Deep in the bowels of Morbor, the wicked sorcerer Mouron peers at a small black-and-white television set hooked up with frayed and smoldering cables to an ancient video-recording device, rewinding the squeaking bobbins and reviewing a tape. “It is a strange fate that we suffer so much fear over so small a thing,” he mutters, wringing his hands. “Such a little Leo thing.”
A large defender, great as an orc and carrying an enormous silver goblet, stumbles past. He pauses to nudge the cave troll standing at the doorway. “What’s he on about, then, Cap’n?” asks the orc. “More re-runs of last year’s … you know what?”
The cave troll shakes his head sadly. “That wound will never fully heal. He will carry it the rest of his life.”
The wicked Mouron spins in his three-legged stool. “What do you want?” He peers at the orc. “And a little more caution from you. That is a Supercopa; it is no trinket you carry.”
Startled, the orc drops the goblet. “I carry nothing,” he stammers. “ … Oops.”
As the orc bends to gather the pieces of the broken goblet, the cave troll nods towards the television set. “Hobbits really are amazing creatures,” he ventures. “You can learn all about their ways in a month, and yet season after season they still surprise you.”
The wicked one rises, trembling in a barely-controlled fury. “You do not seriously think that a hobbit can contend with the will of Mouron!” He leans toward the cave troll, who recedes. “There are none that can!”
The cave troll bows low. “I have dwelt in the White City since long ago.” He rises, his chest swelling with pride. “I swear to you I will not let it fall, nor our people fail.”
The orc stands up, his arms full of shattered silver. The wicked Mouron catches his reflection in a shard. He reaches out and strokes it, gently. “My own, my love … my preciousss …”
“Anyway,” continues the cave troll. “You need people of intelligence on this sort of … match … league … thing …”
“Well, that leaves you out,” the wicked Mouron snaps at the clumsy orc. “Orcs!” he calls. “Gather hither.”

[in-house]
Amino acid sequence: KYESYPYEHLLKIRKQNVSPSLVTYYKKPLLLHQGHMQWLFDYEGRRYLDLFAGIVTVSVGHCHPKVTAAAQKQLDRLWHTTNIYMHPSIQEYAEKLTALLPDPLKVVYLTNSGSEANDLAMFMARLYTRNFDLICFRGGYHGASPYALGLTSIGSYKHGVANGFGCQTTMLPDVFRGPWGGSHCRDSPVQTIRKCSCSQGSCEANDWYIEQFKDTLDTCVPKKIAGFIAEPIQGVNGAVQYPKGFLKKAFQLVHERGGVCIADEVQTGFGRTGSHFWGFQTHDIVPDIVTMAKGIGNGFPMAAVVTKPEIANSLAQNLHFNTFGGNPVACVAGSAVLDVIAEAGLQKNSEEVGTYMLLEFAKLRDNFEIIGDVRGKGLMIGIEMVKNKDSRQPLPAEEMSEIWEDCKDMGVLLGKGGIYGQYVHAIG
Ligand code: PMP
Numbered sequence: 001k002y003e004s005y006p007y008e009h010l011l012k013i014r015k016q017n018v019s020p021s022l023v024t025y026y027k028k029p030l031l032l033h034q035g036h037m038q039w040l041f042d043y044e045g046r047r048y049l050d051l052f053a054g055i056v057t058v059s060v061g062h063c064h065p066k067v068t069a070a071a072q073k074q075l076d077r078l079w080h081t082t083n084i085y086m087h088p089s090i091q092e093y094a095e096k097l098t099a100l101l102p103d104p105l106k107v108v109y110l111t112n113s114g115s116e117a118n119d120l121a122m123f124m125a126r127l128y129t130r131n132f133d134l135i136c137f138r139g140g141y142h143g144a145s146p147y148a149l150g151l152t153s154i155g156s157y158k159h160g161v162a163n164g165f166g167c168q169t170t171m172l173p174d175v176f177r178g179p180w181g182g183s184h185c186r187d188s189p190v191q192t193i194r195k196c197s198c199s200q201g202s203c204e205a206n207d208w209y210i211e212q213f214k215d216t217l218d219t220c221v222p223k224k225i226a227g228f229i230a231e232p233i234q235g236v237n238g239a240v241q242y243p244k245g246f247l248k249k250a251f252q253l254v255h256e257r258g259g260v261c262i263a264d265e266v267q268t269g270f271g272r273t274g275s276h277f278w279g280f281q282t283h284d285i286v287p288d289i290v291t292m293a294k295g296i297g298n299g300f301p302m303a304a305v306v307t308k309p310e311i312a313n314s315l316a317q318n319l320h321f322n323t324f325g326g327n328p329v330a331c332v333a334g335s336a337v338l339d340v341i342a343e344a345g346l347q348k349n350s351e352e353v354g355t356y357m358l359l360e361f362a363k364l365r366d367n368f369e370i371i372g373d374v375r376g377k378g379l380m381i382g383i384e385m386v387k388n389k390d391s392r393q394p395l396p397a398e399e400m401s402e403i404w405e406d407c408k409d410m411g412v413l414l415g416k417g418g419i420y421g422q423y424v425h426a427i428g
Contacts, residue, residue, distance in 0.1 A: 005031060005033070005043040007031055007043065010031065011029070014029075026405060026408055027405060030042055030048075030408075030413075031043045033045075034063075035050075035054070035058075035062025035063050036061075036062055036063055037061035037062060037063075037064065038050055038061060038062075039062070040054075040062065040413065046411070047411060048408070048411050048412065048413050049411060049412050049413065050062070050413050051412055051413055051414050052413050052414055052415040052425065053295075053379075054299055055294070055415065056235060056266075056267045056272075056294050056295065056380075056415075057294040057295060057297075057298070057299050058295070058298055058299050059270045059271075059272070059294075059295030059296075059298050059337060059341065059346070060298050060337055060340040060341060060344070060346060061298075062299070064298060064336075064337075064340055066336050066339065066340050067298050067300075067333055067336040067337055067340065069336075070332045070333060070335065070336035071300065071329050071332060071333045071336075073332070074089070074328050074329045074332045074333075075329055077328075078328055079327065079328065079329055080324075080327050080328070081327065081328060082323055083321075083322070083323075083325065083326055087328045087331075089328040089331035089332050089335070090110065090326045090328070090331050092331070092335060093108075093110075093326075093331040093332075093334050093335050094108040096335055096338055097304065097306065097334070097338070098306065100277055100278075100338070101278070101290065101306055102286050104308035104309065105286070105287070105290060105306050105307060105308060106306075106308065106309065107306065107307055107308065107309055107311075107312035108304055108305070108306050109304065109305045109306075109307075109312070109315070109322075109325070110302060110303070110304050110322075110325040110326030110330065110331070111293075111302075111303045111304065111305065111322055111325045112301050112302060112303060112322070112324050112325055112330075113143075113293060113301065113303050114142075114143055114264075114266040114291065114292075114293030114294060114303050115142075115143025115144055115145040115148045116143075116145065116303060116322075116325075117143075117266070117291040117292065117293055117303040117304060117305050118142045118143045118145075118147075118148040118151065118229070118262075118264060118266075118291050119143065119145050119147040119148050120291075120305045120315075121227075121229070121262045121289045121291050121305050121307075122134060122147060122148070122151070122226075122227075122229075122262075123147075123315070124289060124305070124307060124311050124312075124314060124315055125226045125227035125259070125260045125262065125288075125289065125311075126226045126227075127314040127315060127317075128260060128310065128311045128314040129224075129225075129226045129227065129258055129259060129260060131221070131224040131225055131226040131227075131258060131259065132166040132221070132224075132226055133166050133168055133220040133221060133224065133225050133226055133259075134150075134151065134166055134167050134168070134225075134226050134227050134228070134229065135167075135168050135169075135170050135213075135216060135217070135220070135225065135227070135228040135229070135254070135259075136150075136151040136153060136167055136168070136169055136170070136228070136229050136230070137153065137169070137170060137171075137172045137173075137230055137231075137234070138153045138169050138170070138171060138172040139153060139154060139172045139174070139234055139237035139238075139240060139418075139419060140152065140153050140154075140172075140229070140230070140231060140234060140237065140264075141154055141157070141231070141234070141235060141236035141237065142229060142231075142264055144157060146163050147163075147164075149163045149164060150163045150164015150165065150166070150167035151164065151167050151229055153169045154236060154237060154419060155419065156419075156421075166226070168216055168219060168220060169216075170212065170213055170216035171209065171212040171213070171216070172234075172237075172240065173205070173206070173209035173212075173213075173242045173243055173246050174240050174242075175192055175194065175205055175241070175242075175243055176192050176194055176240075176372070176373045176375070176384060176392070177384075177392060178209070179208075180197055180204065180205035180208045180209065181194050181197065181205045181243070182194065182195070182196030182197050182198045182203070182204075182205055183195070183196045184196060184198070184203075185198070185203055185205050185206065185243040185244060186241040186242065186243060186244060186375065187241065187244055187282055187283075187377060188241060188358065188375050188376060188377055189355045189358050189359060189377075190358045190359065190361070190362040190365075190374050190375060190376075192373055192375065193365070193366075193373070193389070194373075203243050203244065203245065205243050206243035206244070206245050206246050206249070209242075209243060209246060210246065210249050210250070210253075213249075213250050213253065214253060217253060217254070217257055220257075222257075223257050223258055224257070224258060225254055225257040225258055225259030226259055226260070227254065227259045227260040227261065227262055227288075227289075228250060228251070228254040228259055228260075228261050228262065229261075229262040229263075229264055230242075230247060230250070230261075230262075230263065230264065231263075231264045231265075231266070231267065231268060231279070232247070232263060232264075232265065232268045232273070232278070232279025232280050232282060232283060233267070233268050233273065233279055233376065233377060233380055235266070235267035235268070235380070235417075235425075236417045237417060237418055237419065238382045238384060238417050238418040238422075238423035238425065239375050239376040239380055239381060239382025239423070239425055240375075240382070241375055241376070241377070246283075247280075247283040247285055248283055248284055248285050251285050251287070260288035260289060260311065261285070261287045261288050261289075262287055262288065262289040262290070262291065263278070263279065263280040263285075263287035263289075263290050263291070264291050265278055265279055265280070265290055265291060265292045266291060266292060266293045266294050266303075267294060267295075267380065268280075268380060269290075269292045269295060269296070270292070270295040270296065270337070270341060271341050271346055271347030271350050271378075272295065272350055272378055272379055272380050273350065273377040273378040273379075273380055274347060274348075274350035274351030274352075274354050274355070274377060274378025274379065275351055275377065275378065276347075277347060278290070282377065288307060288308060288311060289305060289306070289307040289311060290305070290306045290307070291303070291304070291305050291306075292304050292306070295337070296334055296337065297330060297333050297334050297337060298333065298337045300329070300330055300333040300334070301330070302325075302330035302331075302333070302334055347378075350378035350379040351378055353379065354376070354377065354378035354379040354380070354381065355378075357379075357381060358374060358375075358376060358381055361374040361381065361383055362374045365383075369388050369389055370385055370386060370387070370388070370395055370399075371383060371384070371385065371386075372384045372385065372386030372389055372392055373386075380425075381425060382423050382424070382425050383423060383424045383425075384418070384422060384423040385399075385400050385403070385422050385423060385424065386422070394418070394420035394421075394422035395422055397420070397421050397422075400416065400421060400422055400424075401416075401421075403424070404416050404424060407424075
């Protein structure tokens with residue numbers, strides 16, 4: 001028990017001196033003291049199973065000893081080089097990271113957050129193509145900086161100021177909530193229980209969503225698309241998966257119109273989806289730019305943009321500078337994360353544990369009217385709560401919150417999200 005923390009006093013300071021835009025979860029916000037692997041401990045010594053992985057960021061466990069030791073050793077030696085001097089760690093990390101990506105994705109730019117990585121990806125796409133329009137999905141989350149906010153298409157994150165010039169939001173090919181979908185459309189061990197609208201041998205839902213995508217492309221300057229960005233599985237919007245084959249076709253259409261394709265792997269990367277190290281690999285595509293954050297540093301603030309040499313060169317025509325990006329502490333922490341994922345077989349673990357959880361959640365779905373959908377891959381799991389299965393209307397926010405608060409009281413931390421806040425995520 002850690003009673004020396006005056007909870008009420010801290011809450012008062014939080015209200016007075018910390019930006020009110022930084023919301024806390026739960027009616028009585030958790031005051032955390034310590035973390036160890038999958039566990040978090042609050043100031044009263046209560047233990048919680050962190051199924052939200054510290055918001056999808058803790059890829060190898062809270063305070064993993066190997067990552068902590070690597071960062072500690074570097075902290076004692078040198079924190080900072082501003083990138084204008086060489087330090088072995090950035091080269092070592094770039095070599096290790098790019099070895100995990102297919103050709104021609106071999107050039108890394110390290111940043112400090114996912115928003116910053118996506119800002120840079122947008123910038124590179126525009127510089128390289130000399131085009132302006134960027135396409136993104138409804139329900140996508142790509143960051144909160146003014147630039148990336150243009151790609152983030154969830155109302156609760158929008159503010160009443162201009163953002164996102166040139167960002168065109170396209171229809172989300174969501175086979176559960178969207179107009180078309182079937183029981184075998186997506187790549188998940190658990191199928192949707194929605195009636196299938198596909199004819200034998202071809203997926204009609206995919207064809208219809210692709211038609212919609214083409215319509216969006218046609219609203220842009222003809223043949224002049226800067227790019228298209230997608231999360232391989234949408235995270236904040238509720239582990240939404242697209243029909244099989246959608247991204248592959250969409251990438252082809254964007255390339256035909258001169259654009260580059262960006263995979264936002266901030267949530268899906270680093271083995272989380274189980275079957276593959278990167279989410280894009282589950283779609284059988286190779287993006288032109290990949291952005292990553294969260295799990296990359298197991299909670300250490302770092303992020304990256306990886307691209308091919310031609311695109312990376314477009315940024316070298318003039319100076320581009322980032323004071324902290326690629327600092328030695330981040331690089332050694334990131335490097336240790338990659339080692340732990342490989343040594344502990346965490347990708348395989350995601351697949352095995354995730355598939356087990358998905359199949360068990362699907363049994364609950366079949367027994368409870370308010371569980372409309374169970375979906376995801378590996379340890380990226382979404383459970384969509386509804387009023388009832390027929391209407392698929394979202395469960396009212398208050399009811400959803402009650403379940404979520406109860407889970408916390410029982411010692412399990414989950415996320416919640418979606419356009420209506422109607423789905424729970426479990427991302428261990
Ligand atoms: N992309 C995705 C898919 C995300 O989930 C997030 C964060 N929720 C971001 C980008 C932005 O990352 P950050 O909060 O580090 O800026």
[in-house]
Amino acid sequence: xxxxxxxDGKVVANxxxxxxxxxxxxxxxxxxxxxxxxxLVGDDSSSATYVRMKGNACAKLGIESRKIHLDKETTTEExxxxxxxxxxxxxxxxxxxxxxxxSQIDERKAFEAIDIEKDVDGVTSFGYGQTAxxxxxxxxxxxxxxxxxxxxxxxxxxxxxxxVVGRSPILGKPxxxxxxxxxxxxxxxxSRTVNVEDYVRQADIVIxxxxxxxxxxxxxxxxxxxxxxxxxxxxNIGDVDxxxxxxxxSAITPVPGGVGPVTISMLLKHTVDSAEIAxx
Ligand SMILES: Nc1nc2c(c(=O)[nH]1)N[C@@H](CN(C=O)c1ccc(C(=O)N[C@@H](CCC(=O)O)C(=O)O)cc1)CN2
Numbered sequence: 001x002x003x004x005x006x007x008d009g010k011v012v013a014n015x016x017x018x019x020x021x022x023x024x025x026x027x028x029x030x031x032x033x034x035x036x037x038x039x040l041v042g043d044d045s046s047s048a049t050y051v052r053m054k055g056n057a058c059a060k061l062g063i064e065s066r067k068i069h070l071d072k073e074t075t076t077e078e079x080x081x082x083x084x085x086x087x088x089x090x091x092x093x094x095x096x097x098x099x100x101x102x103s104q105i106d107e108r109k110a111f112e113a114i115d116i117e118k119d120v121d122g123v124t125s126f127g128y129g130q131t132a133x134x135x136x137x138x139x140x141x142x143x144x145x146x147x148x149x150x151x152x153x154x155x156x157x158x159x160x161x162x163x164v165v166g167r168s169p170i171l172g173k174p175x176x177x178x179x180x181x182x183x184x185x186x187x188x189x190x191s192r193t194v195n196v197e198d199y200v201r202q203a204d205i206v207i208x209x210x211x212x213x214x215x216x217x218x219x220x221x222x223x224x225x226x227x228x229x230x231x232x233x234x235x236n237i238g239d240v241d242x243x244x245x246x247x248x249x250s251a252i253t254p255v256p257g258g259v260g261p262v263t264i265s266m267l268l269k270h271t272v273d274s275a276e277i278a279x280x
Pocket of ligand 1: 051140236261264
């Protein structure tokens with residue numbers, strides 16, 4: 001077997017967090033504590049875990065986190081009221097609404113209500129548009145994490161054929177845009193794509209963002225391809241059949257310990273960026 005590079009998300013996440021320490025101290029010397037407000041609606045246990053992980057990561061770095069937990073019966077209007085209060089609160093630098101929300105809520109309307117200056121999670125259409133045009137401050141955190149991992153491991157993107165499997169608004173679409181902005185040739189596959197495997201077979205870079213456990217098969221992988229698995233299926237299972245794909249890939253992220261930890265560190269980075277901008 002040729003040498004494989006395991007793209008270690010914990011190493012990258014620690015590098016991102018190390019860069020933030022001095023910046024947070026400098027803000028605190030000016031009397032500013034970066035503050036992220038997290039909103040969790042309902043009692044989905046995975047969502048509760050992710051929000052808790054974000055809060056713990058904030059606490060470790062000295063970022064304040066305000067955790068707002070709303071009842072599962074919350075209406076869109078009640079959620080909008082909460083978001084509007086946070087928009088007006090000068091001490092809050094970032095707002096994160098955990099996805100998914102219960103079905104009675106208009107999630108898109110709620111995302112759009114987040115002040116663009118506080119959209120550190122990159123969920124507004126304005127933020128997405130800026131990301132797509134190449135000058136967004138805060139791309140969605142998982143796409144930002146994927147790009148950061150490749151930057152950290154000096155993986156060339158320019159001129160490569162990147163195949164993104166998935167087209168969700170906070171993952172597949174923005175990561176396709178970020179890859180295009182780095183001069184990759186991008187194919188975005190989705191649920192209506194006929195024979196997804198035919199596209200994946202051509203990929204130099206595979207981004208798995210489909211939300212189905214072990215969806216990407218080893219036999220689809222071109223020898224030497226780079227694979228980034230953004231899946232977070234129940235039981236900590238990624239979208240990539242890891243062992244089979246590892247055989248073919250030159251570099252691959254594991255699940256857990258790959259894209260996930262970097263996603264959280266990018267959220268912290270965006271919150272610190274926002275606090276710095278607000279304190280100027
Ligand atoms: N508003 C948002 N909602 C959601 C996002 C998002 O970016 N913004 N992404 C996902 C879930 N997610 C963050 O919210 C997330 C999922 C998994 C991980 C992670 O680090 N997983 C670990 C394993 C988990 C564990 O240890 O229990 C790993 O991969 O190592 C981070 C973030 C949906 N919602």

“I know my duty, míster,” the clumsy orc pleads. “I am to mark the maravilla.”
The wicked Mouron raises an eyebrow. “Which maravilla?”
“Um, the Guaje.”
“Buzz.” The wicked Mouron snaps.
“Then, the Niño?”
“Buzz! Buzz!” The cave troll rolls his eyes upwards.
“Well, which is it?” the clumsy orc cries. “The niño maravilla or the guaje villa or the villa maravilla niño?”
The wicked Mouron grabs the clumsy orc by the collar. “Listen to me,” he hisses. “You find a maravilla, and you mark him todo el rato. Understood? Maravilla, todo el rato, Maravilla, todo el rato …”
The clumsy orc repeats dumbly: “Maravilla rato maravilla rato … villa rato villa rato …”
More orcs lumber past. Ash Coentraorc. Ash Cristanorc. Ash Marcelorc. Ash Pepe. The wicked Mouron places his hand on each bowed head, then turns back to the cave troll and the clumsy orc. “I don’t know half of you half as well as I should like, and I like less than half of you half as well as you deserve.”
The cave troll places a gloved hand on his badge. “Against the power of Morbor there will be no victory, my liege.”
The wicked Mouron raises a fist to the heavens. “I will be dead before I see another Copa in the hands of one of those blue and red … elves! Never trust an elf!” He whirls back to the television set.
The clumsy orc looks at the cave troll. “I’m hungry,” he says. “What about elevenses? Lunch?” The cave troll shakes his head, frowning. “Afternoon tea?”
“The hour is later than you think,” the cave troll says gravely. “We must to the bridge of Khedira-Doom.” He walks away, leaving the orc in the tunnel.
“Dinner?” the orc calls weakly. “Supper?”
End of Book I